Most trademark litigators know that, where possible, a plaintiff should plead that the alleged infringer's acts were willful and intentional. It helps in the likelihood of confusion inquiry and any secondary meaning debate, and, in most circuits, it also triggers the plaintiff's ability to seek "big gun" relief, such as treble damages, attorneys' fees, and disgorgement of the infringer's profits.
And if you've defended such cases in situations where there may be insurance coverage for "advertising injury," you might have heard the insurer squawk about how the allegation of intentional or willful infringement triggered a common exclusion in such policies for intentional acts.
The issue of whether an insurance policy covers the particular claims is an issue of state law, and federal courts usually put on their Erie hats and decide them. In Vector Products, Inc. v. Hartford Fire Insurance Co., No. 04-10975 (Jan. 26, 2005), however, the allegation of willful conduct complicated things. One of Vector's competitors claimed that Vector was engaged in false advertising, and brought a Lanham Act claim against it. Probably to try to qualify for additional remedies, the competitor claimed that Vector's acts were intentional. The insurer then refused to defend because of that allegation. Realizing that allegations of willfulness might trigger the exclusion against the insurer's duty to defend, yet wasn't required for Lanham Act liability, the 11th Circuit thought the issue of coverage was sufficiently subtle and unsettled under Florida law to require a punt to the Florida Supreme Court.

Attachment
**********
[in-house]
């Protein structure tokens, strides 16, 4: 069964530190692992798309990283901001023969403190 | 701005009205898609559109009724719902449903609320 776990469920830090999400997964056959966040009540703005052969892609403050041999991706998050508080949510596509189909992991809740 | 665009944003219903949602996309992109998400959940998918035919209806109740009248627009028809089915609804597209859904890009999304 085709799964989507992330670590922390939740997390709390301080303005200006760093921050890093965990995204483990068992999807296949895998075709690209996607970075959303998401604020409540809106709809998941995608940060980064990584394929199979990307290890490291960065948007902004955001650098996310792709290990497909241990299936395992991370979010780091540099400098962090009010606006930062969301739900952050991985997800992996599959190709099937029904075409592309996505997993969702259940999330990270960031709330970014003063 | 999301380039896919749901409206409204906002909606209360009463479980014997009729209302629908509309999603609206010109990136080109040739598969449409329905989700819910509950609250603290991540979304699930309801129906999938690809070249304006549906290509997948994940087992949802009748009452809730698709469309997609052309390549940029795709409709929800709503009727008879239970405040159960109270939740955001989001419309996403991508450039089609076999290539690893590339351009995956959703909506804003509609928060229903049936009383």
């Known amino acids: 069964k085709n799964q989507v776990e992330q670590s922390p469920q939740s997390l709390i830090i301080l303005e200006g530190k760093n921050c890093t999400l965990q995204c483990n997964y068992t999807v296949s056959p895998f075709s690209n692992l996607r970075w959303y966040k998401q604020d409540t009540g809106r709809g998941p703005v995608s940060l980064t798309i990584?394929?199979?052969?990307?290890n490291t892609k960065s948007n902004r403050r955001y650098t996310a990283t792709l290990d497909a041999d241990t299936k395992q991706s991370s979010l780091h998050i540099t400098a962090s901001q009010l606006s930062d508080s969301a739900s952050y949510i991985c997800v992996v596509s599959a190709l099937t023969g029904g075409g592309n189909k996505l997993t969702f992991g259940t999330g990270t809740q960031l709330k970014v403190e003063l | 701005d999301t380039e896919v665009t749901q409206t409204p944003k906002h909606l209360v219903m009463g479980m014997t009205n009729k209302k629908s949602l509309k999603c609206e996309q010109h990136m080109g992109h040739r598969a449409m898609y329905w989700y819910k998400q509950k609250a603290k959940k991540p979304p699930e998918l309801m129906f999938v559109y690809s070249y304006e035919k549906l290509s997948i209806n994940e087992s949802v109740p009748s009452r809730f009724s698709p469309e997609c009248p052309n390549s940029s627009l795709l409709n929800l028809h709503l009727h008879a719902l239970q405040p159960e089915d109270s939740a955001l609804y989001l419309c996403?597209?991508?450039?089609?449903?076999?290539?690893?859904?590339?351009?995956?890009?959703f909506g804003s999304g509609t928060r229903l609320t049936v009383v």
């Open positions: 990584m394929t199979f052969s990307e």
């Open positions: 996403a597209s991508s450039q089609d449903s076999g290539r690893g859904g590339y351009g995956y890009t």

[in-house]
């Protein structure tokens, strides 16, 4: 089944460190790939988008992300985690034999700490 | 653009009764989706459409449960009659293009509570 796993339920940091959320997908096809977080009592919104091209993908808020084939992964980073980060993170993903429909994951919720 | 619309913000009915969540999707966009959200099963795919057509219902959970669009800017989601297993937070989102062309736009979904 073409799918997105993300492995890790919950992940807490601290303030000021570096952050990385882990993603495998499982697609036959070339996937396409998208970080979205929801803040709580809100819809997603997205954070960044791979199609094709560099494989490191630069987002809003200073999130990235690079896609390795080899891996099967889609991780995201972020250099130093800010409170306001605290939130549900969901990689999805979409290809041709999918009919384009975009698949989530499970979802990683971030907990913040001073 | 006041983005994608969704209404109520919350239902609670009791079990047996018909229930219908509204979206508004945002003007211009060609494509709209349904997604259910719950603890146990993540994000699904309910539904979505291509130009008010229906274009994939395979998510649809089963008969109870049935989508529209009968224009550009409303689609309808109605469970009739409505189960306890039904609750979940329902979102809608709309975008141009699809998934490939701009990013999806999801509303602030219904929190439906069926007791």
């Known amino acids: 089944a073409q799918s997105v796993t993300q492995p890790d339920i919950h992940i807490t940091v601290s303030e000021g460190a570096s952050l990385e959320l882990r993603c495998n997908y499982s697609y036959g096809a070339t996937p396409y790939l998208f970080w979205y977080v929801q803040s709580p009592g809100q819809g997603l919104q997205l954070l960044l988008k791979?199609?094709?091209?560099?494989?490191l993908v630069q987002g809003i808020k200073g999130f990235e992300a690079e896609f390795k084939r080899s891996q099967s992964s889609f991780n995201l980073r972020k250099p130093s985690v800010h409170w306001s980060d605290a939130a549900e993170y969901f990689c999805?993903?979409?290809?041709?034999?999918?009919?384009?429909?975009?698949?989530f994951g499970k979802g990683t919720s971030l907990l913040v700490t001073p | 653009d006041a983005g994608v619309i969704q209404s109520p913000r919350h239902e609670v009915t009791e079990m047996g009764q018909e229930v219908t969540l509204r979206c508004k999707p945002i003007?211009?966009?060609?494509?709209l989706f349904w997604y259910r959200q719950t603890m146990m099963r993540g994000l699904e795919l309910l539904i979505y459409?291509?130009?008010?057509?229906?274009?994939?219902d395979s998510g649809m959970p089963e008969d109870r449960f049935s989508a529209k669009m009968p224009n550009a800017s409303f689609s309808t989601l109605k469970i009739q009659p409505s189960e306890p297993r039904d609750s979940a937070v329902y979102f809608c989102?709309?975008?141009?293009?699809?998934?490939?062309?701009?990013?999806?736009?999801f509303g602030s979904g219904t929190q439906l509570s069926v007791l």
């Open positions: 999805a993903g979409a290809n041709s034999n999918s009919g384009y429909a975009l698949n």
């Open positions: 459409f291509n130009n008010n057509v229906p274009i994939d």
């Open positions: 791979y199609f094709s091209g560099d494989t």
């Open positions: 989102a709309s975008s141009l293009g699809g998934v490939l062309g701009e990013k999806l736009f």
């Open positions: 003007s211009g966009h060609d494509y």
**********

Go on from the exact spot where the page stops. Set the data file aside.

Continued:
Insurers and trademark litigators will be watching the runback on this one.